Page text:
When it comes to storing coffee, you’ve probably heard conflicting advice over the years. It seems as if everyone has their own opinion on how to best store coffee. Some people store their beans in the freezer, others vacuum seal them in a plastic baggy until it’s time to grind.
Premium coffee beans have 4 enemies in life: Light, heat, moisture and air. Each one of these elements can cause a batch of good beans to go south in a relatively short period of time.
Oxygen can cause a good batch of beans to go bad in just a matter of days. Oxygen robs the beans of the aromatic flavor and within a day or two you won’t be able to tell the different between premium coffee and grocery store bought coffee.
Moisture will also cause a batch of roasted beans to go bad, almost immediately. This is why putting your beans in the freezer is not a good idea. Minute amounts of moisture can form without you realizing it. If you remove the beans from the freezer to grind them, they could face a drastic temperature change which in turn can cause condensation to form in the container or bag you’re keeping them in.
One overlooked source of moisture is humidity. If your beans aren’t stored in a dry, air-tight container, the humidity in the air can cause them to go bad in a matter of hours.
Heat causes roasted beans to go bad as well. It will cause them to lose their flavor in a short period of time. Think of your beans as a perishable food product. You wouldn’t store milk on a sun light windowsill, would you?
Light can immediately cause roasted beans to go stale. Direct sunlight, even if for just a minute or two can ruin an entire batch of beans. This is why it’s important to store them in a container that will not allow light to penetrate inside. Even if your beans aren’t being hit by direct sunlight that’s shining through your kitchen window, UV rays are still coming in and can mess with the taste of the coffee.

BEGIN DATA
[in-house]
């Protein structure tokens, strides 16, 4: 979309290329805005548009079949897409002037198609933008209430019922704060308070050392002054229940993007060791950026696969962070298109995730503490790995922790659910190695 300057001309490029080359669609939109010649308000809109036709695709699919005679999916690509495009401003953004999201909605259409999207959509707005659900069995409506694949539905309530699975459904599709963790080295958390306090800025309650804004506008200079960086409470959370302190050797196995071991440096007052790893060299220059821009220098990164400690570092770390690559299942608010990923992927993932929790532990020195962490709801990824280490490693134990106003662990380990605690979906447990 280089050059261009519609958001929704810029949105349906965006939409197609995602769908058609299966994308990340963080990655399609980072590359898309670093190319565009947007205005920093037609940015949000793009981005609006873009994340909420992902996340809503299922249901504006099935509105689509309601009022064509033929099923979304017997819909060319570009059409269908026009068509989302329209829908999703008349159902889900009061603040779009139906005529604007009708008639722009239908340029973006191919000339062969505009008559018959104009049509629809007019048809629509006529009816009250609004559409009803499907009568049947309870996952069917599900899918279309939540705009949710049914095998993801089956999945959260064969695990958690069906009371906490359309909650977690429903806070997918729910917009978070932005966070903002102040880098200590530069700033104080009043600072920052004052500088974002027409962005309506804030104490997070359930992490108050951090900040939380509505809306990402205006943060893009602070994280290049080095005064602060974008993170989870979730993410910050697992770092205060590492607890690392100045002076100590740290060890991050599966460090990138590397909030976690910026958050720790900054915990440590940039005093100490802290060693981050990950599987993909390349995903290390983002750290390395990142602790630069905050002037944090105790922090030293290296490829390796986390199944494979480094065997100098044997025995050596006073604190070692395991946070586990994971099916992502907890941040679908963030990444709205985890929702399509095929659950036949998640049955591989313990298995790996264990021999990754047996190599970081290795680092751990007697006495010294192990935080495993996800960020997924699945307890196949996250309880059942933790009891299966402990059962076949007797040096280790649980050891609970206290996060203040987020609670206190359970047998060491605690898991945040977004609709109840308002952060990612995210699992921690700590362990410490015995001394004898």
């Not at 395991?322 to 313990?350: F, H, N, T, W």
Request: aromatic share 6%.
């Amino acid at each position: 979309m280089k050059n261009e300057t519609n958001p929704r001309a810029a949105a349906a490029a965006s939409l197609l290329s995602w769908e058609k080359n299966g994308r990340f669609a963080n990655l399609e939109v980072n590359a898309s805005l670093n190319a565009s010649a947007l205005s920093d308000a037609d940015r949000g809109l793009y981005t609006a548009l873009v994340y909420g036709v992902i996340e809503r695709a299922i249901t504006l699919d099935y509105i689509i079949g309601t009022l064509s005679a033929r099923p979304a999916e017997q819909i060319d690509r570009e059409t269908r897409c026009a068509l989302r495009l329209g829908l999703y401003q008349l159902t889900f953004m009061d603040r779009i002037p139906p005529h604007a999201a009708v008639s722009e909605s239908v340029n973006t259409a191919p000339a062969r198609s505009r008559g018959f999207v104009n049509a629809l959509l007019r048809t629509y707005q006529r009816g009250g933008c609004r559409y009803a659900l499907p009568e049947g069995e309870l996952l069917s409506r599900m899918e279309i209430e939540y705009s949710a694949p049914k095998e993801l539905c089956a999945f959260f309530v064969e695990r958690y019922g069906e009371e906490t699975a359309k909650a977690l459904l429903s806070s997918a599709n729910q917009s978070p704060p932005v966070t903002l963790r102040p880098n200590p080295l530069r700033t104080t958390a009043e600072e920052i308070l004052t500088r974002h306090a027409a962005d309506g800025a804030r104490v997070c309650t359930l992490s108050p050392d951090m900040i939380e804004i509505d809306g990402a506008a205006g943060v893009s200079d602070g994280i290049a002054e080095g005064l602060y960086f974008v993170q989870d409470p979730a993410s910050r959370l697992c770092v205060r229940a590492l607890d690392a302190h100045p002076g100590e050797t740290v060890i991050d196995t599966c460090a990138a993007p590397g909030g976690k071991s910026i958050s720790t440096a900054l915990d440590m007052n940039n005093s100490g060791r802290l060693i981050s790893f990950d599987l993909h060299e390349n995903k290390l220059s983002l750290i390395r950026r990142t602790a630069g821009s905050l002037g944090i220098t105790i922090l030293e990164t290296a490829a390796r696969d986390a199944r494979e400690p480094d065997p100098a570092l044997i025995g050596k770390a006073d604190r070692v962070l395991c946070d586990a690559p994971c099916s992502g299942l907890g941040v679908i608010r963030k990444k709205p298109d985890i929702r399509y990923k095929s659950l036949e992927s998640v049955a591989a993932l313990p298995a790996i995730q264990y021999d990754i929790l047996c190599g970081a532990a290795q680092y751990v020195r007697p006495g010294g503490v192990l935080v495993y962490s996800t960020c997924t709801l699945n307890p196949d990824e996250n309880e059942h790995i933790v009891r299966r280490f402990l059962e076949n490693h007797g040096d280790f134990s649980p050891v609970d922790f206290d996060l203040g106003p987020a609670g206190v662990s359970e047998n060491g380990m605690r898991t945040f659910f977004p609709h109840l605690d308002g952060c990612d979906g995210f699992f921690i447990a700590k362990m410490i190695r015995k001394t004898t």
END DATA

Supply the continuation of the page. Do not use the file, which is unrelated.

Proper Ways to Store Your Coffee Beans
Now that we know the 4 enemies of coffee beans, it’s time to look at the best way to store them in order to preserve their freshness along with the taste of your coffee. Keep in mind that grocery store bought coffee is most likely going to be stale the minute you get it home. When it comes to coffee, freshness is king.
The container is also very important. Opaque, air-tight containers (that do not let in light) are the best. There are several home goods and specialty stores that have a huge selection of containers. Look for one that will not allow light to shine through and has some sort of airtight mechanism.
You may also use airtight glass containers, but be sure to stores said containers within a cabinet or pantry to avoid light exposure. The worst thing you can do is leave your coffee beans sitting on your counter in a glass container.
In your quest for the perfect container, you might come across an electrically powered contraption that claims it’s the perfect way to store beans. This is one of the worst containers you can buy. It will speed up the staling process by sucking out both oxygen and oils/aromatics of the beans. It’s best to stay away from these machines as they don’t work as intended.
Best locations in your home
In order to preserve the flavor of such premium coffee beans as 100% Kona coffee, you’ll need to find a cool, dark location. Keeping it right next to the oven, or other heat sources is a bad idea. Try storing it in a cupboard that opens opposite to your kitchen window.
Ground vs. Whole Bean Coffee - Freshness Guarantee?
When coffee beans are ground, they are at their most vulnerable. It’s advised to brew them as soon as you grind them. Pre-grinding your coffee is not ideal. Yes, it may save you a few extra minutes as you’re scrambling to get to work, but your coffee won’t taste as good if you grind right before you brew.
Unless the coffee is moldy and dusty, there really is no such thing as “going bad”. Good coffee is looked at in terms of peakness. There is a peak point of both coffee beans and grinds that will produce an excellent tasting cup of Joe. So, in order to preserve peakness, try to brew your coffee as soon as you grind it.
Some people claim that ground coffee loses its flavor after a few days, others claim a few weeks. When coffee is ground, you release the aromatics, flavors and oils that contribute to the good taste. As time goes by, more and more of these beneficial elements are lost and it will eventually go bad.
You should try to avoid storing ground coffee, if at all possible. It doesn’t take that long to manually turn the hand crank of a burr grinder in the morning. The extra effort you put into it will result in a noticeably better tasting cup of coffee.